The maker of America’s only drug designed to prevent premature births is making a last-ditch effort this week to keep its drug on the market despite health regulators insisting it doesn’t work.
A Food and Drug Administration meeting that began Monday comes more than two years after the agency declared the drug ineffective and called for it to be phased out. Drugmaker Covis Pharma contested the agency’s conclusion, holding the highly unusual three-day public hearing.
The meeting underscored the limits of the FDA’s authority and the long, arduous process of delisting a drug in the rare cases when a company does not want to do so voluntarily at the agency’s request.
The hearing will resemble a courtroom trial, with FDA staff and company scientists presenting arguments for and against the Makena drug, followed by a vote Wednesday by a panel of outside experts. FDA leaders will ultimately make the final decision on whether to order a recall.
About 10 percent of births in the U.S. come too early — before 37 weeks, raising the risk of serious health problems and even death in babies. The debate over Makena is complicated by support from America’s leading obstetrics group to keep the decades-old drug until more research is done.
“The need for effective treatment of preterm birth is great,” says the American College of Obstetricians and Gynecologists. “Makena and related generics represent the only treatment currently available to OB-GYNs to help prevent this condition.”
But the FDA says existing data show that weekly injections of the drug do not help prevent recurrent preterm birth.
“Based on the evidence shown today, Makena has not been shown to be effective,” the FDA’s chief drug officer, Dr. Patrizia Cavazzoni, said in opening remarks Monday. “Its benefit-risk profile is unfavorable and should be withdrawn from the market.”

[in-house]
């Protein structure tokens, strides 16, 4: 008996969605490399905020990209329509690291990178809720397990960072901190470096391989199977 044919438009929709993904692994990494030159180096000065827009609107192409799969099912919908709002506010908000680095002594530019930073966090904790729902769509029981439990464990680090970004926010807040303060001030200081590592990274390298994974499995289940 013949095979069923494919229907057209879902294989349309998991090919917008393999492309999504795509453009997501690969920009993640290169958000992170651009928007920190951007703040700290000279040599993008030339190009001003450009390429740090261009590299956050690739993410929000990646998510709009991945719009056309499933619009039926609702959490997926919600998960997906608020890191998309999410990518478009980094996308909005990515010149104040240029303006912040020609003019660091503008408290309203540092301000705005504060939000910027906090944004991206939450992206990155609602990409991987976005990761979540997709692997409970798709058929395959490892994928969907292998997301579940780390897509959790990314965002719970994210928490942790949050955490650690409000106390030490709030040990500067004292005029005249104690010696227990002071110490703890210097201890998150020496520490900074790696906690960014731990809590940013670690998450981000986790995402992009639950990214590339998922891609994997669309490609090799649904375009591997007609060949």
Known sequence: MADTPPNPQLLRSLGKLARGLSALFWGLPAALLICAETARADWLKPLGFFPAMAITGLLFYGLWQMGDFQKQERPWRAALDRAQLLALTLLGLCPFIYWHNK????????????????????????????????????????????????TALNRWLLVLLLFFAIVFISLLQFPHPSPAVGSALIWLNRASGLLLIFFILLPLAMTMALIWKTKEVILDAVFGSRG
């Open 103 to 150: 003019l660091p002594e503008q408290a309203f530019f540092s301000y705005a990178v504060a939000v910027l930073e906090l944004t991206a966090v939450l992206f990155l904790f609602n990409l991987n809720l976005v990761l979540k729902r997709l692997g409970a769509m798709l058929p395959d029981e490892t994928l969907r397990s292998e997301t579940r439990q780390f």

The dispute is likely to increase scrutiny of the agency’s so-called accelerated approval program, which allows drugs like Makena to go on the market based on promising early results while additional, usually larger, studies are conducted.
“Makena is being used as an example of the many different criticisms of this program,” said Rachel Sachs, a food and drug law specialist at Washington University in St. Louis. “It may not be fair to other drugs, other diseases, other patient groups, but we are forced to respond to the situation it presents.”
At best, the accelerated approval program is credited with speeding the availability of breakthrough HIV and cancer therapies. But over the past decade, the FDA has been increasingly criticized for failing to fast-track drugs with incomplete or inconclusive supporting data, including a large number of expensive cancer drugs on the market.
In recent years, the FDA’s oncology division has begun pushing companies to stop selling their drugs for uses granted under these so-called “pending approvals.”
The FDA approved Makena in 2011 based on a small study that suggested it reduced the rate of preterm birth in women with a history of early birth. Makena consists of a synthetic version of the hormone progesterone, which helps the uterus grow and maintain a pregnancy. Women can start the vaccines after 16 weeks of pregnancy.
The accelerated approval was granted on the condition that Makena’s original developer, Hologic, conduct a follow-up study confirming that the drug resulted in lower rates of birth defects and death among newborns.
But results from an international study of 1,700 women published in 2019 showed that the drug neither reduced premature births — as originally thought — nor led to healthier outcomes for babies, while increasing the risk of blood clots, depression and other side effects in mothers.
In information documents released this month, the FDA said leaving Makena on the market “raises false hopes, the risks associated with the treatment and other burdens” such as excessive medical costs. According to a recent federal report, the US has spent $700 million on Makena since 2018 through various government programs, such as Medicaid and Veterans Affairs.
The FDA’s opinion also applies to several generic versions of the shot.
Drugmaker Covis claims that Makena is effective and that flaws in the 2019 study cloud its benefit. The Luxembourg-based company said black women were at higher risk of preterm birth, but made up only 7% of women in the international study, compared with 59% in the original US study used for approval. He wants time to do another study in higher-risk patients, especially black Americans.
A patient group created with funding from Covis, the Alliance to Prevent Preterm Birth, made similar arguments in letters to the FDA.
“We believe there is no good public health reason to deny” patients and doctors access to Makena, the company said in an emailed statement.